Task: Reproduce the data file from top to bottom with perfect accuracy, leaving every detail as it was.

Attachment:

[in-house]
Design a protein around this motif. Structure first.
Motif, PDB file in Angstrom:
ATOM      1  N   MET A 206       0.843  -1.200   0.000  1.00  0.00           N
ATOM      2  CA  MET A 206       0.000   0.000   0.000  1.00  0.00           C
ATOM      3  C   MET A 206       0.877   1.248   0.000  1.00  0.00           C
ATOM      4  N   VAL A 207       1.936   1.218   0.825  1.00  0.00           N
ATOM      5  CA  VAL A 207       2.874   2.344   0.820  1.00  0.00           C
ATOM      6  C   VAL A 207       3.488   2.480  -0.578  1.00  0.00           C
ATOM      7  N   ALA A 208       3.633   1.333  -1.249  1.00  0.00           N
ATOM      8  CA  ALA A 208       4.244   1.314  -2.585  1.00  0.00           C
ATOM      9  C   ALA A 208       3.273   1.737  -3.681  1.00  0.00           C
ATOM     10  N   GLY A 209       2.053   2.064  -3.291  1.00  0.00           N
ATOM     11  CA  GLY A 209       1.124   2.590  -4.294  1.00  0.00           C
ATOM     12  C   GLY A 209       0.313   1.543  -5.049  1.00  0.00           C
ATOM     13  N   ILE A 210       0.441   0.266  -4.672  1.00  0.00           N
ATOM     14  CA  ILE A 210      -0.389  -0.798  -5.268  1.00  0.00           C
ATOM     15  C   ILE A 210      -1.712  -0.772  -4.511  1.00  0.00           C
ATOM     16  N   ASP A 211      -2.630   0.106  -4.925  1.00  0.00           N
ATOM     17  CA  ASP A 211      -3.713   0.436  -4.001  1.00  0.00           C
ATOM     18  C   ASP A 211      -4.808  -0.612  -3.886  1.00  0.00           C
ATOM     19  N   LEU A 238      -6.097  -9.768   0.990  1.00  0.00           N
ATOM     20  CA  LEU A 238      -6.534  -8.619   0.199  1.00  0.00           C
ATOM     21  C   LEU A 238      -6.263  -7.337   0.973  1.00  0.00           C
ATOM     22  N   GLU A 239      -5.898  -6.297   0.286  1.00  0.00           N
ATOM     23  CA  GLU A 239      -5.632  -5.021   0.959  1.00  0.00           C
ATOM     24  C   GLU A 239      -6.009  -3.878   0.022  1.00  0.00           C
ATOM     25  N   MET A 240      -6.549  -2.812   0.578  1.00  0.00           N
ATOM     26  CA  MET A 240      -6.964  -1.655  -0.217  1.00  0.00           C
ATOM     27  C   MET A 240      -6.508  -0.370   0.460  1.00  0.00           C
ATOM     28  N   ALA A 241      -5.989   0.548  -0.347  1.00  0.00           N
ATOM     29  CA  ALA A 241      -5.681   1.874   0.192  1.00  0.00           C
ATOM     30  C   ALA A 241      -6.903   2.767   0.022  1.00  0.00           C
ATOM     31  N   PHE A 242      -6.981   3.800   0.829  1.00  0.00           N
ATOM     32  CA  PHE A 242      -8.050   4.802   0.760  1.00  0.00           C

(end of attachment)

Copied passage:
[in-house]
Design a protein around this motif. Structure first.
Motif, PDB file in Angstrom:
ATOM      1  N   MET A 206       0.843  -1.200   0.000  1.00  0.00           N
ATOM      2  CA  MET A 206       0.000   0.000   0.000  1.00  0.00           C
ATOM      3  C   MET A 206       0.877   1.248   0.000  1.00  0.00           C
ATOM      4  N   VAL A 207       1.936   1.218   0.825  1.00  0.00           N
ATOM      5  CA  VAL A 207       2.874   2.344   0.820  1.00  0.00           C
ATOM      6  C   VAL A 207       3.488   2.480  -0.578  1.00  0.00           C
ATOM      7  N   ALA A 208       3.633   1.333  -1.249  1.00  0.00           N
ATOM      8  CA  ALA A 208       4.244   1.314  -2.585  1.00  0.00           C
ATOM      9  C   ALA A 208       3.273   1.737  -3.681  1.00  0.00           C
ATOM     10  N   GLY A 209       2.053   2.064  -3.291  1.00  0.00           N
ATOM     11  CA  GLY A 209       1.124   2.590  -4.294  1.00  0.00           C
ATOM     12  C   GLY A 209       0.313   1.543  -5.049  1.00  0.00           C
ATOM     13  N   ILE A 210       0.441   0.266  -4.672  1.00  0.00           N
ATOM     14  CA  ILE A 210      -0.389  -0.798  -5.268  1.00  0.00           C
ATOM     15  C   ILE A 210      -1.712  -0.772  -4.511  1.00  0.00           C
ATOM     16  N   ASP A 211      -2.630   0.106  -4.925  1.00  0.00           N
ATOM     17  CA  ASP A 211      -3.713   0.436  -4.001  1.00  0.00           C
ATOM     18  C   ASP A 211      -4.808  -0.612  -3.886  1.00  0.00           C
ATOM     19  N   LEU A 238      -6.097  -9.768   0.990  1.00  0.00           N
ATOM     20  CA  LEU A 238      -6.534  -8.619   0.199  1.00  0.00           C
ATOM     21  C   LEU A 238      -6.263  -7.337   0.973  1.00  0.00           C
ATOM     22  N   GLU A 239      -5.898  -6.297   0.286  1.00  0.00           N
ATOM     23  CA  GLU A 239      -5.632  -5.021   0.959  1.00  0.00           C
ATOM     24  C   GLU A 239      -6.009  -3.878   0.022  1.00  0.00           C
ATOM     25  N   MET A 240      -6.549  -2.812   0.578  1.00  0.00           N
ATOM     26  CA  MET A 240      -6.964  -1.655  -0.217  1.00  0.00           C
ATOM     27  C   MET A 240      -6.508  -0.370   0.460  1.00  0.00           C
ATOM     28  N   ALA A 241      -5.989   0.548  -0.347  1.00  0.00           N
ATOM     29  CA  ALA A 241      -5.681   1.874   0.192  1.00  0.00           C
ATOM     30  C   ALA A 241      -6.903   2.767   0.022  1.00  0.00           C
ATOM     31  N   PHE A 242      -6.981   3.800   0.829  1.00  0.00           N
ATOM     32  CA  PHE A 242      -8.050   4.802   0.760  1.00  0.00           C